Pigs in Little Dockray

Pigs in Little Dockray – who knew? Well, it seems there were some snuffling about for decades (not the same pigs, obviously!) before anyone noticed.

Some background: the Richardsons

1882. Feb. Penrith Observer.

Important Inn and Premises to be Let.

With immediate possession, that well-countenanced and old-established Market Day house known as the General Wolfe, along with the stabling, granary etc, situate in Little Dockray. Now in the occupation of Mr James Richardson, who is retiring from business. For particulars, apply to Mr J W Legat, Low Brewery, Appleby. 

James Richardson (1818-1903) had been the landlord of the General Wolfe since at least 1851.

He and his wife Alice (née Atkinson, 1820-1880) had raised their three children there.

And they had also raised some livestock!

The children were Henry, James, and Elizabeth.

James Richardson junior opened a drapery shop at number 8 Little Dockray – next door to the General Wolfe.

It’s a florist’s today, but you can pick out ‘Richardson’ on the tiles in the doorway. 

Elizabeth married a butcher, Tom Walter Parker.

And Henry Richardson became a solicitor. Which proved handy when his family and wider family needed a lawyer for a will or financial case.

In 1884, Henry Richardson called on his dad for support, when he (Henry) represented the new landlord of the General Wolfe in an unusual court case.

Pigs in Little Dockray

Carlisle Express and Examiner, December 6, 1884

NUISANCES FROM KEEPING PIGS.- John Kitchen, landlord of the General Wolfe Inn. Little Dockray, was charged by Penrith Local Board of Health with keeping pigs within 50 feet of dwelling house, contrary to the Board bye-laws. 

Anyone (personal experience here!) who has ever lived near in a village near a piggery will appreciate why there might be a bye-law about keeping them in Penrith town centre!

Mr. Lamonby appeared for the complainant. He said the swine were kept in a stable.

Henry Richardson said they had measured through a stone wall.

 Thomas Pollock, surveyor and inspector of nuisance for the Local Board of Health, said the farthest distance the pigs were from the General Wolfe was 34 feet.

Henry Richardson said the complaint had been made through spite, and the back door of the complainant was 56 feet 3 inches from the pigs in Little Dockray.

Pigs had been kept there for 50 years and residents didn’t even realise they were there.

The expert witness

At this point Henry Richardson called his dad as a witness.

James Richardson said he had lived at the General Wolfe for more than 20 years, and all that time had kept pigs in the same place as the present tenant.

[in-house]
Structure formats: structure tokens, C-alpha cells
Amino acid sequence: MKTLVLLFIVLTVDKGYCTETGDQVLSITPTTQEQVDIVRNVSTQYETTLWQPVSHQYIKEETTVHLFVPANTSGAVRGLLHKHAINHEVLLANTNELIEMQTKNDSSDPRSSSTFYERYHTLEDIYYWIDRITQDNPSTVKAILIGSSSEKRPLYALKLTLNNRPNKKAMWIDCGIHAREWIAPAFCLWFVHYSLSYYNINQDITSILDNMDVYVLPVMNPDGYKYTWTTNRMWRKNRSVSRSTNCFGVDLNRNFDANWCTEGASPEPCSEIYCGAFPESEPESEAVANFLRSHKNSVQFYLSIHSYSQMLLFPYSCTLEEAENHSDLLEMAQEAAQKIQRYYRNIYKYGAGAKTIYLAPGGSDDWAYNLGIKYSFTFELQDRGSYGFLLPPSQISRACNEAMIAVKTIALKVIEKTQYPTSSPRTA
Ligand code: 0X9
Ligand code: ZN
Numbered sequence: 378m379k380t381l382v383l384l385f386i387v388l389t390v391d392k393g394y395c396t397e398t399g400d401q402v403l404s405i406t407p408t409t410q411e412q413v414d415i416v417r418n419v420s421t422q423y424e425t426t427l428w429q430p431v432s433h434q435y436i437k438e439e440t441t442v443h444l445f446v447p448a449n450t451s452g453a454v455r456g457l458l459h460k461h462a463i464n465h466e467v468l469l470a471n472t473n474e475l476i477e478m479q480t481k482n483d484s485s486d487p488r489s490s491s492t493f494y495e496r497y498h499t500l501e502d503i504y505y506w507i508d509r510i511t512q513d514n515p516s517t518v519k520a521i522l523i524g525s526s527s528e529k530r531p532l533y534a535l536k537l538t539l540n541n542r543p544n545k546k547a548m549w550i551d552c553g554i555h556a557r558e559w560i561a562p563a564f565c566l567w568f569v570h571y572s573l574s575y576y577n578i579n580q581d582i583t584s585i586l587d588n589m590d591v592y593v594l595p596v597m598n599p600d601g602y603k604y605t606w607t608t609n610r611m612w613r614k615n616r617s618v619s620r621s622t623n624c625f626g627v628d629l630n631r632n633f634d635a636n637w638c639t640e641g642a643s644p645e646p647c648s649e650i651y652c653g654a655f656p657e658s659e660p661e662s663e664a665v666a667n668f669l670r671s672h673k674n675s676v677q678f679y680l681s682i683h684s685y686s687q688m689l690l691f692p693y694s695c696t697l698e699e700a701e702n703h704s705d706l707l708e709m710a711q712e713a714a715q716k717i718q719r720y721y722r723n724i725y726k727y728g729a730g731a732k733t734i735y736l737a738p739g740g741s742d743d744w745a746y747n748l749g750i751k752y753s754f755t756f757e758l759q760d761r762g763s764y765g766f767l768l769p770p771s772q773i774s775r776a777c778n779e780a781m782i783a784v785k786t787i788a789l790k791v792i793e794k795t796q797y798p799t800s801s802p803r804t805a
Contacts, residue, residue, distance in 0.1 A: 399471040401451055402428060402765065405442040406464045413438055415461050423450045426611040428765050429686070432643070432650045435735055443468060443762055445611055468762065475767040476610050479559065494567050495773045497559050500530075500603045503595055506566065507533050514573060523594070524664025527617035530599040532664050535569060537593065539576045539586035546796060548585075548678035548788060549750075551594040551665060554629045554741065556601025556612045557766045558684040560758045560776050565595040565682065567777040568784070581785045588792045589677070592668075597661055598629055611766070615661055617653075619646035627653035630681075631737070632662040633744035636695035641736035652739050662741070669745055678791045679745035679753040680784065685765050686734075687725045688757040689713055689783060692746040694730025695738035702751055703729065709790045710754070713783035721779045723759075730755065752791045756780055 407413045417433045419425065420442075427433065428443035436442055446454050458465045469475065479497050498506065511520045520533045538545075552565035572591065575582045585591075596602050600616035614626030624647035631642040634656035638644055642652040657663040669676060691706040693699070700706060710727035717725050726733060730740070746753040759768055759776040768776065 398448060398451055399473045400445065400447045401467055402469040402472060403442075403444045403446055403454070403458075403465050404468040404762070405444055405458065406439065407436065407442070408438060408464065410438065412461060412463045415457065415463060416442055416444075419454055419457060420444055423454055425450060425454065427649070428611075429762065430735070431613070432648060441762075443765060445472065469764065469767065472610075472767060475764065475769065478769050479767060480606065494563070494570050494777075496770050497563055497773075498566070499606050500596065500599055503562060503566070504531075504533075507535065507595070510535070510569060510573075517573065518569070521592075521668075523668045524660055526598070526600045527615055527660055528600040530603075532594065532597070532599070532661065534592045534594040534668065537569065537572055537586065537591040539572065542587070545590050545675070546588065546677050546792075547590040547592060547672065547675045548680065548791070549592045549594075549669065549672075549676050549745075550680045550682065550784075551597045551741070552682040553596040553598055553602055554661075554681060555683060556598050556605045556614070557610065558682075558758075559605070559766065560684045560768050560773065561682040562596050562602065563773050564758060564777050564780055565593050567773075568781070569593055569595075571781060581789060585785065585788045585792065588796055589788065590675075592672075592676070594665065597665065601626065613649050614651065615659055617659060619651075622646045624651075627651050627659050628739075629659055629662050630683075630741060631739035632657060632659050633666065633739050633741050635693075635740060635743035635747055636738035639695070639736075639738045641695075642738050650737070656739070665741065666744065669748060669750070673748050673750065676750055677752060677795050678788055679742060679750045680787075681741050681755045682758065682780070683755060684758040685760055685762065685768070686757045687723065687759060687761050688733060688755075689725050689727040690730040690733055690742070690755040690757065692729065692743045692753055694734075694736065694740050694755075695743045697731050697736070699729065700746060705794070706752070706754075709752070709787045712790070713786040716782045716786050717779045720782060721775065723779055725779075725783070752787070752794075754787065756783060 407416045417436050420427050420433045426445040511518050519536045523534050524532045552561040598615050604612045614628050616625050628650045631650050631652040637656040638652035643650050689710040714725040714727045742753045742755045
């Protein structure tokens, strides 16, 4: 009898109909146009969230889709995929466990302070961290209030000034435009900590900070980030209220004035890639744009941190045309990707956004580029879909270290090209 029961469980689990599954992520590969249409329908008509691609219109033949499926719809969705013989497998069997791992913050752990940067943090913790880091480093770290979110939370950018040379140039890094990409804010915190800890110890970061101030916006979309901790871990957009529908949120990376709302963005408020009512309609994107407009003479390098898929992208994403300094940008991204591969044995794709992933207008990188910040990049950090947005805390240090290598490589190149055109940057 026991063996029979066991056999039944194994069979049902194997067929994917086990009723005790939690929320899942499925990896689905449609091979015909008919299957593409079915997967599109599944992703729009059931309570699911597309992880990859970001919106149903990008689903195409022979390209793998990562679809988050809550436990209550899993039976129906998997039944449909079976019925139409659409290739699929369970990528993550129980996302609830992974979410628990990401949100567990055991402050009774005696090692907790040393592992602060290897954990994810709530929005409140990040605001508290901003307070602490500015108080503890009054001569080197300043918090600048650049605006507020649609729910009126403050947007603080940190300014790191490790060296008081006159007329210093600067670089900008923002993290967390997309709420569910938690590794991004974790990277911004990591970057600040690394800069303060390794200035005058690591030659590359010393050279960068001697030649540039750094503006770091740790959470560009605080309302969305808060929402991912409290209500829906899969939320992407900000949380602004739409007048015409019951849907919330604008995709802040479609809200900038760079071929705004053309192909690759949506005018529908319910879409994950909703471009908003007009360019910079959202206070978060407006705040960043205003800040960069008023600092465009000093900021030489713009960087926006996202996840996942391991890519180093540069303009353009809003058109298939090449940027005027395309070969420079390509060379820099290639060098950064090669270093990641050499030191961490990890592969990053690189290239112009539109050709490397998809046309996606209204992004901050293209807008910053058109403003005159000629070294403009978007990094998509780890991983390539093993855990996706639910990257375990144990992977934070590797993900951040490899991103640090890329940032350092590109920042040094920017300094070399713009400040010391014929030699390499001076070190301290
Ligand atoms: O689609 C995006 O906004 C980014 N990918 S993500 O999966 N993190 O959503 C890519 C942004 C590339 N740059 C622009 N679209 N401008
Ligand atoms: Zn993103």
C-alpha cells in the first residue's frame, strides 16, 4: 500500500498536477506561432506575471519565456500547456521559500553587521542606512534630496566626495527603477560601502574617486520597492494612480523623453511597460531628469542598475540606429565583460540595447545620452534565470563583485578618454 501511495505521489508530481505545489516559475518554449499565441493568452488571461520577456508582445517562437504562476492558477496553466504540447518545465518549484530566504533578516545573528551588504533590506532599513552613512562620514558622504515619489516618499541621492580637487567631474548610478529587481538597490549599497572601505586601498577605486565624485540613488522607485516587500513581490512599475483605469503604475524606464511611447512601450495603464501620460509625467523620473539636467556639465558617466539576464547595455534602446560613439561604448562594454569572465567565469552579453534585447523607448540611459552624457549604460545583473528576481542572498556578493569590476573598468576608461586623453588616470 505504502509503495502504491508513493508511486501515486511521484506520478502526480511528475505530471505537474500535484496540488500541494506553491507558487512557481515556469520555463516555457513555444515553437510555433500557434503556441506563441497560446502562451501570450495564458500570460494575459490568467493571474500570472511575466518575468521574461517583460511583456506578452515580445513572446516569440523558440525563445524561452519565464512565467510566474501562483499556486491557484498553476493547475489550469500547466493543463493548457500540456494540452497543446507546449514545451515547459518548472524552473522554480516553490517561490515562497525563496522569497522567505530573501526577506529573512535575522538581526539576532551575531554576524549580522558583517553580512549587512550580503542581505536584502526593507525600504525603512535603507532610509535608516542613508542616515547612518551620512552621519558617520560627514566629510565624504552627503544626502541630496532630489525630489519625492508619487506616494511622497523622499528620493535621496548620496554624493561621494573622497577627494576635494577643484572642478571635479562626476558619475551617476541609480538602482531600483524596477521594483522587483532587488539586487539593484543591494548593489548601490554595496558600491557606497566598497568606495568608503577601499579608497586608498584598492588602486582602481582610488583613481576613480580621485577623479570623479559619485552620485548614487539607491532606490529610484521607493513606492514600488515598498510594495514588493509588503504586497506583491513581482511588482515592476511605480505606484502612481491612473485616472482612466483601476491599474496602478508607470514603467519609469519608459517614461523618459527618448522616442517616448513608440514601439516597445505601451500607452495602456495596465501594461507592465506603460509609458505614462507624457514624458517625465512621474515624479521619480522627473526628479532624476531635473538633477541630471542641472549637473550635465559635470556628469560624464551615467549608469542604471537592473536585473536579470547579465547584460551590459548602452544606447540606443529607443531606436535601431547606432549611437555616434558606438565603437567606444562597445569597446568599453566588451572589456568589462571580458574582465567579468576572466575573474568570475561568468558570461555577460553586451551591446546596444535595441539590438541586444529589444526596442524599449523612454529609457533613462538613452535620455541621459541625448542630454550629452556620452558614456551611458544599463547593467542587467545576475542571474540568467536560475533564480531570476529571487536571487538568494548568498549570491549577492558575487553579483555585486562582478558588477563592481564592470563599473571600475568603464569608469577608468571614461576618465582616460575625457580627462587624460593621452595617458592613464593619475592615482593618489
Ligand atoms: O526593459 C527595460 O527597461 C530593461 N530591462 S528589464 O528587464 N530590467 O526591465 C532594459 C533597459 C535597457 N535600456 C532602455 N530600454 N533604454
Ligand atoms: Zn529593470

No one had ever complained.

The distance from the kitchen window of the General Wolfe to the place where the pigs were kept was 53ft 6in., and from there to Mr. Bird’s wash house was 56ft. 3in.

Sadly for Mr Kitching’s case, this distance didn’t wash with the court.

Cross-examined: he hadn’t measured in a direct line but by the way they had get to the defendant’s pigs.

Given that the smell doesn’t take the footpath to reach a neighbour’s nose, the court were not impressed. But they didn’t come down too hard on Mr Kitching either*.

The Bench fined the defendant one shilling, including costs.

Pigs in Fell Lane

it actually wasn’t the only case of its kind that day. And Henry Richardson was on the losing side of the other one as well.

William Thornburrow, of the Ship Inn, Penrith, was also charged with keeping pigs within 60 feet of a dwelling house.

The Ship was in Middlegate – later demolished to make way for Burtons. William Thornburrow (born about 1849) and family were living there (source: 1881 and 1891 censuses) The pigs, however, were being kept ‘within a distance of 31 feet from a dwelling in Fell Lane’.

Mr Thornburrow said the pigs had been removed since the summons was issued, but was also fined one shilling, including costs.

If at first you don’t succeed

Curiously, both cases seem to have been repeats of ones from October 1884.

Mr Pollock said there were two pigs in the General Wolfe stable – not in a dirty state, but there was a smell. 

Henry Richardson said not through stone walls there wasn’t.

Mr Pollock said Mr Thornburrow’s stye was in a very dirty state and injurious to health.

The bench dismissed both cases as unproven. The board clearly decided to have another go two months later!

How bad was a one shilling fine?

*The defendants were each fined one shilling.

As a comparison of worth, two years later a shopping list comprising flour, mustard, oatmeal, pepper, lard and coffee cost one grocer’s shop customer 4s 5d (four shillings and five pence). 

So you could say the fine was roughly the equivalent of 12 ounces of coffee.

In 1878, when Thomas Huddart, ‘alias Satan’, was charged with being drunk and disorderly near Little Dockray (his 16th appearance in court), he was given ‘another chance’ and fined the ‘nominal sum of five shillings plus costs’.

In 1883, a visit to the hairdresser would cost a woman 3d (so a one shilling fine was 4 hair cuts!).

Mind you, for men it was 2d. Some things never change!

There is more on the history of Little Dockray in this post on consumption.

There is more on William Thornburrow in this post on old Penrith pubs.